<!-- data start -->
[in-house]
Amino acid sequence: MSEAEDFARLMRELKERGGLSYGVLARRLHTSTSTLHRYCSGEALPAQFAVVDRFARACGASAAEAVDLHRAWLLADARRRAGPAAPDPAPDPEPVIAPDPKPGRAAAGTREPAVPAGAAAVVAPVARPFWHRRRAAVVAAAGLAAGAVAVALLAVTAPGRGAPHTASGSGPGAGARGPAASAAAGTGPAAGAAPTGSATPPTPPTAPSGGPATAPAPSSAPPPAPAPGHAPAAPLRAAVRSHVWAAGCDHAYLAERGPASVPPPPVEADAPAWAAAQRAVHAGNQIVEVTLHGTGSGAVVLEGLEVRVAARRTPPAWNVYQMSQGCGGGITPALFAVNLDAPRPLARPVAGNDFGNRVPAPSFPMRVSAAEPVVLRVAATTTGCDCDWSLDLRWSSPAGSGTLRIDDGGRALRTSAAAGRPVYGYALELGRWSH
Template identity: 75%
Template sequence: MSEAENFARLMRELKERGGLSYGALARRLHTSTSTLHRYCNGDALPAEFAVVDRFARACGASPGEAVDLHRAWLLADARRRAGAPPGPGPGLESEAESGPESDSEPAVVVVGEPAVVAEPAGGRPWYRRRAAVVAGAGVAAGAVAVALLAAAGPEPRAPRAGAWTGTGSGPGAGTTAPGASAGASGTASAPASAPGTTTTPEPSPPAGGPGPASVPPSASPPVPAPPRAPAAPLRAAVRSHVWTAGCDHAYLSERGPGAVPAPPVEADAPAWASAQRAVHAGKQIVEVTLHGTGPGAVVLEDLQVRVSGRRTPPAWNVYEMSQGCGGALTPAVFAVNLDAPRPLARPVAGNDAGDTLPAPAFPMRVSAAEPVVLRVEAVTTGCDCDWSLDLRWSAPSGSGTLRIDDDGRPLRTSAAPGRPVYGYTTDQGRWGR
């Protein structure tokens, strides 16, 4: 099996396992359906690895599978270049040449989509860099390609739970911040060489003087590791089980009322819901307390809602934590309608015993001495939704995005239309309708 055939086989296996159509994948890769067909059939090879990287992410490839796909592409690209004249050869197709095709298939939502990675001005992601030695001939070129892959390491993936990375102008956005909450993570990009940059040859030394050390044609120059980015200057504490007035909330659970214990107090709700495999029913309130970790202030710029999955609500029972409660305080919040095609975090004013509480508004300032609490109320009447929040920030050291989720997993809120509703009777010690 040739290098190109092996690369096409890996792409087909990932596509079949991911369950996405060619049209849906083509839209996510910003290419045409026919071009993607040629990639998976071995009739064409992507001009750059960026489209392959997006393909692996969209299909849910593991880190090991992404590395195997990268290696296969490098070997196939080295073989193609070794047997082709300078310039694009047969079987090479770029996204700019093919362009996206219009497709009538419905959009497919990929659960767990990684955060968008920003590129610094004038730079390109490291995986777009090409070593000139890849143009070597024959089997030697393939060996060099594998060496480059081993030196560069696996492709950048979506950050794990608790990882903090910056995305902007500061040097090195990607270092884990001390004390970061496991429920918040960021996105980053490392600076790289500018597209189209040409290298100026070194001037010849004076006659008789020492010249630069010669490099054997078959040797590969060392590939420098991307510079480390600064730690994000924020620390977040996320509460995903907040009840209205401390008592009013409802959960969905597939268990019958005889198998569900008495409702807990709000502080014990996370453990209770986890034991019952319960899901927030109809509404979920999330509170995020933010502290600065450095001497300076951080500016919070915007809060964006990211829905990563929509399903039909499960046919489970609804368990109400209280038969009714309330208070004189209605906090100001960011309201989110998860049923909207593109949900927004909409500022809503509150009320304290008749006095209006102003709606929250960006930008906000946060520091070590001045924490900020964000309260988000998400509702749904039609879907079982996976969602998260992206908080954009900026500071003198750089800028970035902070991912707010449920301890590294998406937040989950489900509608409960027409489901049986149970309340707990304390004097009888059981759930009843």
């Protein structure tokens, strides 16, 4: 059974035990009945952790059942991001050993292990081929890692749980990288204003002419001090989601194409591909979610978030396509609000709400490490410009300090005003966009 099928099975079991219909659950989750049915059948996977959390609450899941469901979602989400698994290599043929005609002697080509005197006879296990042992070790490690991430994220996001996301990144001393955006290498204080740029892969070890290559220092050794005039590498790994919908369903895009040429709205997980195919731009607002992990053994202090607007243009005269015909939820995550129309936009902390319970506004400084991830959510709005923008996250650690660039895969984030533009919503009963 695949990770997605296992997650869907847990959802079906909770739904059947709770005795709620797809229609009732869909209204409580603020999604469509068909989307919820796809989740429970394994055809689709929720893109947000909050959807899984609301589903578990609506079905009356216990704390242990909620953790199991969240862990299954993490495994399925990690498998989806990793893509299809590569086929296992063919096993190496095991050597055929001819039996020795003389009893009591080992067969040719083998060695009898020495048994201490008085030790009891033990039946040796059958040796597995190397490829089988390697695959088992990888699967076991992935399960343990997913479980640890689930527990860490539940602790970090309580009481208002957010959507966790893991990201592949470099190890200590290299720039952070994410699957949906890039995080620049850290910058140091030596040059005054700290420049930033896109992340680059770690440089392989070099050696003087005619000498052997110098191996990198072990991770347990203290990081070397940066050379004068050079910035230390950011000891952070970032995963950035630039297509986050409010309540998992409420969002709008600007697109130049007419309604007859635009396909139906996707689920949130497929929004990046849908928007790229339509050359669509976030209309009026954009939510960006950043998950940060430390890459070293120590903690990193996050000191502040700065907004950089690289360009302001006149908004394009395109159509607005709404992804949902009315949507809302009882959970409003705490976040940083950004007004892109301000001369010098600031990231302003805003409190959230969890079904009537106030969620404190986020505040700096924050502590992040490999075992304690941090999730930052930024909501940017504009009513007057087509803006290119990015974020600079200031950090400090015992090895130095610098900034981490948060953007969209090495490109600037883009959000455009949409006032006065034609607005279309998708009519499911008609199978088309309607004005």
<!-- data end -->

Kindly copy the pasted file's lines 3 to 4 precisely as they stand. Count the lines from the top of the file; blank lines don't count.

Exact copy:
Template identity: 75%
Template sequence: MSEAENFARLMRELKERGGLSYGALARRLHTSTSTLHRYCNGDALPAEFAVVDRFARACGASPGEAVDLHRAWLLADARRRAGAPPGPGPGLESEAESGPESDSEPAVVVVGEPAVVAEPAGGRPWYRRRAAVVAGAGVAAGAVAVALLAAAGPEPRAPRAGAWTGTGSGPGAGTTAPGASAGASGTASAPASAPGTTTTPEPSPPAGGPGPASVPPSASPPVPAPPRAPAAPLRAAVRSHVWTAGCDHAYLSERGPGAVPAPPVEADAPAWASAQRAVHAGKQIVEVTLHGTGPGAVVLEDLQVRVSGRRTPPAWNVYEMSQGCGGALTPAVFAVNLDAPRPLARPVAGNDAGDTLPAPAFPMRVSAAEPVVLRVEAVTTGCDCDWSLDLRWSAPSGSGTLRIDDDGRPLRTSAAPGRPVYGYTTDQGRWGR